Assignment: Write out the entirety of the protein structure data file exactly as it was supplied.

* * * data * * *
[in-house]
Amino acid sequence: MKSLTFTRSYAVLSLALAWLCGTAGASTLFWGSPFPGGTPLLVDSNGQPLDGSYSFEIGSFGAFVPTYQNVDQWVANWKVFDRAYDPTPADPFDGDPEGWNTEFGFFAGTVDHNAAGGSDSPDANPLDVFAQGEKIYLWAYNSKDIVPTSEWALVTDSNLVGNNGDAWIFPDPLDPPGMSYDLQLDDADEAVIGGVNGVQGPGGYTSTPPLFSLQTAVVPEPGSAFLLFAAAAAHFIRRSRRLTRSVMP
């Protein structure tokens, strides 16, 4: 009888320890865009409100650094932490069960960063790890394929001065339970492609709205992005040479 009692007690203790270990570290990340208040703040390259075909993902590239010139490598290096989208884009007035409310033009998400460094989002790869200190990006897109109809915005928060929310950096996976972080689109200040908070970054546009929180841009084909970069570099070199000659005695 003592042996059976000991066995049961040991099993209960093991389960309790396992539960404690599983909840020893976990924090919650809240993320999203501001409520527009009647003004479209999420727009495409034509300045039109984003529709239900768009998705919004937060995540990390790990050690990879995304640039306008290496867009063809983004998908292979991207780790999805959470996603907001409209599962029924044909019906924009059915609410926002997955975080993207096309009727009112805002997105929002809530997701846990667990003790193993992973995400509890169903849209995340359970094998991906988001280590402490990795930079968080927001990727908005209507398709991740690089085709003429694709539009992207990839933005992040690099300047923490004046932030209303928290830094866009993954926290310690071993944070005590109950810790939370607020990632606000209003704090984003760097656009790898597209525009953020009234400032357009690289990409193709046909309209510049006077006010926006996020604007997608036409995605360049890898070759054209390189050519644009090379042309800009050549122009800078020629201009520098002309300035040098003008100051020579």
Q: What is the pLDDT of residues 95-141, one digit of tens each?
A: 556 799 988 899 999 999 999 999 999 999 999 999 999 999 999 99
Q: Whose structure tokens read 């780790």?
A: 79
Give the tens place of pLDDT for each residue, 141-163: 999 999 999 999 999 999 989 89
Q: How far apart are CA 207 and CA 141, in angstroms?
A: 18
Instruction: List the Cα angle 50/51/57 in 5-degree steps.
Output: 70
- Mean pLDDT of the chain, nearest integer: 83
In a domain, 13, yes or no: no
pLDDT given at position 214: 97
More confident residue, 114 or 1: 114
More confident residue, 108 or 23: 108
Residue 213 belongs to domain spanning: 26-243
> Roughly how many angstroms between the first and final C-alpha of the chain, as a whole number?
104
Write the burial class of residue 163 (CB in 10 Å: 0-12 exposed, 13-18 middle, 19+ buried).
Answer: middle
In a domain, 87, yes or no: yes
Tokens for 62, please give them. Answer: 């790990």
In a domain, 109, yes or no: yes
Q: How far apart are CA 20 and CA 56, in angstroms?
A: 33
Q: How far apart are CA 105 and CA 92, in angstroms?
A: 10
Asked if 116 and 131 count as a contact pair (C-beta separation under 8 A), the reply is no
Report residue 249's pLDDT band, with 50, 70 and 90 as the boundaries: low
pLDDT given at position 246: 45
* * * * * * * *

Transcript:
[in-house]
Amino acid sequence: MKSLTFTRSYAVLSLALAWLCGTAGASTLFWGSPFPGGTPLLVDSNGQPLDGSYSFEIGSFGAFVPTYQNVDQWVANWKVFDRAYDPTPADPFDGDPEGWNTEFGFFAGTVDHNAAGGSDSPDANPLDVFAQGEKIYLWAYNSKDIVPTSEWALVTDSNLVGNNGDAWIFPDPLDPPGMSYDLQLDDADEAVIGGVNGVQGPGGYTSTPPLFSLQTAVVPEPGSAFLLFAAAAAHFIRRSRRLTRSVMP
């Protein structure tokens, strides 16, 4: 009888320890865009409100650094932490069960960063790890394929001065339970492609709205992005040479 009692007690203790270990570290990340208040703040390259075909993902590239010139490598290096989208884009007035409310033009998400460094989002790869200190990006897109109809915005928060929310950096996976972080689109200040908070970054546009929180841009084909970069570099070199000659005695 003592042996059976000991066995049961040991099993209960093991389960309790396992539960404690599983909840020893976990924090919650809240993320999203501001409520527009009647003004479209999420727009495409034509300045039109984003529709239900768009998705919004937060995540990390790990050690990879995304640039306008290496867009063809983004998908292979991207780790999805959470996603907001409209599962029924044909019906924009059915609410926002997955975080993207096309009727009112805002997105929002809530997701846990667990003790193993992973995400509890169903849209995340359970094998991906988001280590402490990795930079968080927001990727908005209507398709991740690089085709003429694709539009992207990839933005992040690099300047923490004046932030209303928290830094866009993954926290310690071993944070005590109950810790939370607020990632606000209003704090984003760097656009790898597209525009953020009234400032357009690289990409193709046909309209510049006077006010926006996020604007997608036409995605360049890898070759054209390189050519644009090379042309800009050549122009800078020629201009520098002309300035040098003008100051020579």
Q: What is the pLDDT of residues 95-141, one digit of tens each?
A: 556 799 988 899 999 999 999 999 999 999 999 999 999 999 999 99
Q: Whose structure tokens read 């780790």?
A: 79
Give the tens place of pLDDT for each residue, 141-163: 999 999 999 999 999 999 989 89
Q: How far apart are CA 207 and CA 141, in angstroms?
A: 18
Instruction: List the Cα angle 50/51/57 in 5-degree steps.
Output: 70
- Mean pLDDT of the chain, nearest integer: 83
In a domain, 13, yes or no: no
pLDDT given at position 214: 97
More confident residue, 114 or 1: 114
More confident residue, 108 or 23: 108
Residue 213 belongs to domain spanning: 26-243
> Roughly how many angstroms between the first and final C-alpha of the chain, as a whole number?
104
Write the burial class of residue 163 (CB in 10 Å: 0-12 exposed, 13-18 middle, 19+ buried).
Answer: middle
In a domain, 87, yes or no: yes
Tokens for 62, please give them. Answer: 């790990």
In a domain, 109, yes or no: yes
Q: How far apart are CA 20 and CA 56, in angstroms?
A: 33
Q: How far apart are CA 105 and CA 92, in angstroms?
A: 10
Asked if 116 and 131 count as a contact pair (C-beta separation under 8 A), the reply is no
Report residue 249's pLDDT band, with 50, 70 and 90 as the boundaries: low
pLDDT given at position 246: 45